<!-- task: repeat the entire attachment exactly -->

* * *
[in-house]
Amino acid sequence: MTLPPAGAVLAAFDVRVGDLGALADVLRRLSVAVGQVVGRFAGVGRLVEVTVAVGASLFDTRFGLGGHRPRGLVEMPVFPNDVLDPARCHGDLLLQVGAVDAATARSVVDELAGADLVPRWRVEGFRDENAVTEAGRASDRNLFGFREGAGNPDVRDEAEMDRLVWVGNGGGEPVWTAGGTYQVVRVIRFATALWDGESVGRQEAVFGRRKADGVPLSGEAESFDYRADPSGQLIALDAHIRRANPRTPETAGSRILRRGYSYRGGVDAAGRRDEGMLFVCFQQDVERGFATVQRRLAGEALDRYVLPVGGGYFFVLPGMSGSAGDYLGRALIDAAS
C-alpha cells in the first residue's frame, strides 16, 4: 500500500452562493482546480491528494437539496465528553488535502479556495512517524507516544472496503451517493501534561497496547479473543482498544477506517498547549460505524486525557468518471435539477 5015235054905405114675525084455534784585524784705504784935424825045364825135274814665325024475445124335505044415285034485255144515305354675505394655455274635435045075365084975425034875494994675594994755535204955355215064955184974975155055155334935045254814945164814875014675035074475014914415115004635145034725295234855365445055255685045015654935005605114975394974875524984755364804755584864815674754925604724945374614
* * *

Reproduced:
[in-house]
Amino acid sequence: MTLPPAGAVLAAFDVRVGDLGALADVLRRLSVAVGQVVGRFAGVGRLVEVTVAVGASLFDTRFGLGGHRPRGLVEMPVFPNDVLDPARCHGDLLLQVGAVDAATARSVVDELAGADLVPRWRVEGFRDENAVTEAGRASDRNLFGFREGAGNPDVRDEAEMDRLVWVGNGGGEPVWTAGGTYQVVRVIRFATALWDGESVGRQEAVFGRRKADGVPLSGEAESFDYRADPSGQLIALDAHIRRANPRTPETAGSRILRRGYSYRGGVDAAGRRDEGMLFVCFQQDVERGFATVQRRLAGEALDRYVLPVGGGYFFVLPGMSGSAGDYLGRALIDAAS
C-alpha cells in the first residue's frame, strides 16, 4: 500500500452562493482546480491528494437539496465528553488535502479556495512517524507516544472496503451517493501534561497496547479473543482498544477506517498547549460505524486525557468518471435539477 5015235054905405114675525084455534784585524784705504784935424825045364825135274814665325024475445124335505044415285034485255144515305354675505394655455274635435045075365084975425034875494994675594994755535204955355215064955184974975155055155334935045254814945164814875014675035074475014914415115004635145034725295234855365445055255685045015654935005605114975394974875524984755364804755584864815674754925604724945374614